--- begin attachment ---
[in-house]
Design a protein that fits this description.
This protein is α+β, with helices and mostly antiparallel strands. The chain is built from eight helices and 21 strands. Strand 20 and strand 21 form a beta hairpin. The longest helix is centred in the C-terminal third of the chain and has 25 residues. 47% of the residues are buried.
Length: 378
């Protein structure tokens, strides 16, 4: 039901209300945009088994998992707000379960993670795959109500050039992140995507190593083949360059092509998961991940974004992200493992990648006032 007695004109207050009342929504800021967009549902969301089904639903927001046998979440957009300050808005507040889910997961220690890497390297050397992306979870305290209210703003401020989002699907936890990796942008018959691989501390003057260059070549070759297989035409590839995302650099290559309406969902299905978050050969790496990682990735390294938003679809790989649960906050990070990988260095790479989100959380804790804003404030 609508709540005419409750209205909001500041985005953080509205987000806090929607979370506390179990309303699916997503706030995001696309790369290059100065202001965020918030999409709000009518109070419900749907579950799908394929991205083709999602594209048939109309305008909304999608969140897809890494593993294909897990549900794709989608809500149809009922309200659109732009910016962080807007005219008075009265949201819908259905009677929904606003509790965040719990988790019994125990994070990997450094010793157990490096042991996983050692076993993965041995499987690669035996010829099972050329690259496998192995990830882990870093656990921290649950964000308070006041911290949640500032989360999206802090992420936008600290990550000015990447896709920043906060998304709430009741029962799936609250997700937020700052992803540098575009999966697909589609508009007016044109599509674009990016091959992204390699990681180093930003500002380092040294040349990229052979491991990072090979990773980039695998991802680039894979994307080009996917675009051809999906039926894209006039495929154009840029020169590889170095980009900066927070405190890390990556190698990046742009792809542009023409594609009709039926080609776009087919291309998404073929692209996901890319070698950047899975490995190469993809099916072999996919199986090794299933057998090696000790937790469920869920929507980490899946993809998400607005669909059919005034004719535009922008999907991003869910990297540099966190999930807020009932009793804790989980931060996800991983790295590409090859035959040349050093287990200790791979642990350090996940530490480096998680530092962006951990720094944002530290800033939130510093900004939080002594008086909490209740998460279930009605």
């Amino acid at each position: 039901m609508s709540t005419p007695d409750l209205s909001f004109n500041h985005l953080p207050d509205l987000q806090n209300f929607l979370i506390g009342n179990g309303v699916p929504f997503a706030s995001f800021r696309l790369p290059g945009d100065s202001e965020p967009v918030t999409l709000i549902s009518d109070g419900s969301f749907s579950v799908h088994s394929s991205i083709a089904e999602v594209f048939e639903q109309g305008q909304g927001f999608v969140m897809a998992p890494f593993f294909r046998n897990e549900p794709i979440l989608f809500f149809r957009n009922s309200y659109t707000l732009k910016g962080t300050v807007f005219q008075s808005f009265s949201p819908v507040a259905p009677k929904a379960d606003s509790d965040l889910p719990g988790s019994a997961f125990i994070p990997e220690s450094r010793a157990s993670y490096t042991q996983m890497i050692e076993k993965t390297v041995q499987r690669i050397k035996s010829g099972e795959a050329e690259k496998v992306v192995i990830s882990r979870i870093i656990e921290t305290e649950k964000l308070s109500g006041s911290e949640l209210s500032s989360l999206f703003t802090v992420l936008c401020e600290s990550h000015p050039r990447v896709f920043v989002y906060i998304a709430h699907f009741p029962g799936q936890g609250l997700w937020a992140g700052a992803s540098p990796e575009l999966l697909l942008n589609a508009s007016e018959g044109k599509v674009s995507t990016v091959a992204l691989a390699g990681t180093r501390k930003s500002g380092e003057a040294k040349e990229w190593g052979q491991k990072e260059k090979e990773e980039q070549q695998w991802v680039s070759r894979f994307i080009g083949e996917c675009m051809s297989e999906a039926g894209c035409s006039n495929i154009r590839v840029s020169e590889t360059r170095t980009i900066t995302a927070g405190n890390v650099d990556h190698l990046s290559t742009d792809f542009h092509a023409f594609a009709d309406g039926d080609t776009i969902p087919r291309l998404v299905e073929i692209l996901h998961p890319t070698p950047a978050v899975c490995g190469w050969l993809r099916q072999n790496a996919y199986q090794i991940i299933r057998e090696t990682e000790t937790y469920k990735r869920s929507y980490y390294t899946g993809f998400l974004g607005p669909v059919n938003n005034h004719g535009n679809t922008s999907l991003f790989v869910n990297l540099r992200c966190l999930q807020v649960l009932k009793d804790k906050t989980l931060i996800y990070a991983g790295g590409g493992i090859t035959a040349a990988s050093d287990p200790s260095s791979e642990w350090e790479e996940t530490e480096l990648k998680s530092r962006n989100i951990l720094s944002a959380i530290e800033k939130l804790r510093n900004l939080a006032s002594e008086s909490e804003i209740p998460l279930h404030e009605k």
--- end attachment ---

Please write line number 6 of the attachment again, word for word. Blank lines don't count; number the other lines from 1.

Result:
């Amino acid at each position: 039901m609508s709540t005419p007695d409750l209205s909001f004109n500041h985005l953080p207050d509205l987000q806090n209300f929607l979370i506390g009342n179990g309303v699916p929504f997503a706030s995001f800021r696309l790369p290059g945009d100065s202001e965020p967009v918030t999409l709000i549902s009518d109070g419900s969301f749907s579950v799908h088994s394929s991205i083709a089904e999602v594209f048939e639903q109309g305008q909304g927001f999608v969140m897809a998992p890494f593993f294909r046998n897990e549900p794709i979440l989608f809500f149809r957009n009922s309200y659109t707000l732009k910016g962080t300050v807007f005219q008075s808005f009265s949201p819908v507040a259905p009677k929904a379960d606003s509790d965040l889910p719990g988790s019994a997961f125990i994070p990997e220690s450094r010793a157990s993670y490096t042991q996983m890497i050692e076993k993965t390297v041995q499987r690669i050397k035996s010829g099972e795959a050329e690259k496998v992306v192995i990830s882990r979870i870093i656990e921290t305290e649950k964000l308070s109500g006041s911290e949640l209210s500032s989360l999206f703003t802090v992420l936008c401020e600290s990550h000015p050039r990447v896709f920043v989002y906060i998304a709430h699907f009741p029962g799936q936890g609250l997700w937020a992140g700052a992803s540098p990796e575009l999966l697909l942008n589609a508009s007016e018959g044109k599509v674009s995507t990016v091959a992204l691989a390699g990681t180093r501390k930003s500002g380092e003057a040294k040349e990229w190593g052979q491991k990072e260059k090979e990773e980039q070549q695998w991802v680039s070759r894979f994307i080009g083949e996917c675009m051809s297989e999906a039926g894209c035409s006039n495929i154009r590839v840029s020169e590889t360059r170095t980009i900066t995302a927070g405190n890390v650099d990556h190698l990046s290559t742009d792809f542009h092509a023409f594609a009709d309406g039926d080609t776009i969902p087919r291309l998404v299905e073929i692209l996901h998961p890319t070698p950047a978050v899975c490995g190469w050969l993809r099916q072999n790496a996919y199986q090794i991940i299933r057998e090696t990682e000790t937790y469920k990735r869920s929507y980490y390294t899946g993809f998400l974004g607005p669909v059919n938003n005034h004719g535009n679809t922008s999907l991003f790989v869910n990297l540099r992200c966190l999930q807020v649960l009932k009793d804790k906050t989980l931060i996800y990070a991983g790295g590409g493992i090859t035959a040349a990988s050093d287990p200790s260095s791979e642990w350090e790479e996940t530490e480096l990648k998680s530092r962006n989100i951990l720094s944002a959380i530290e800033k939130l804790r510093n900004l939080a006032s002594e008086s909490e804003i209740p998460l279930h404030e009605k």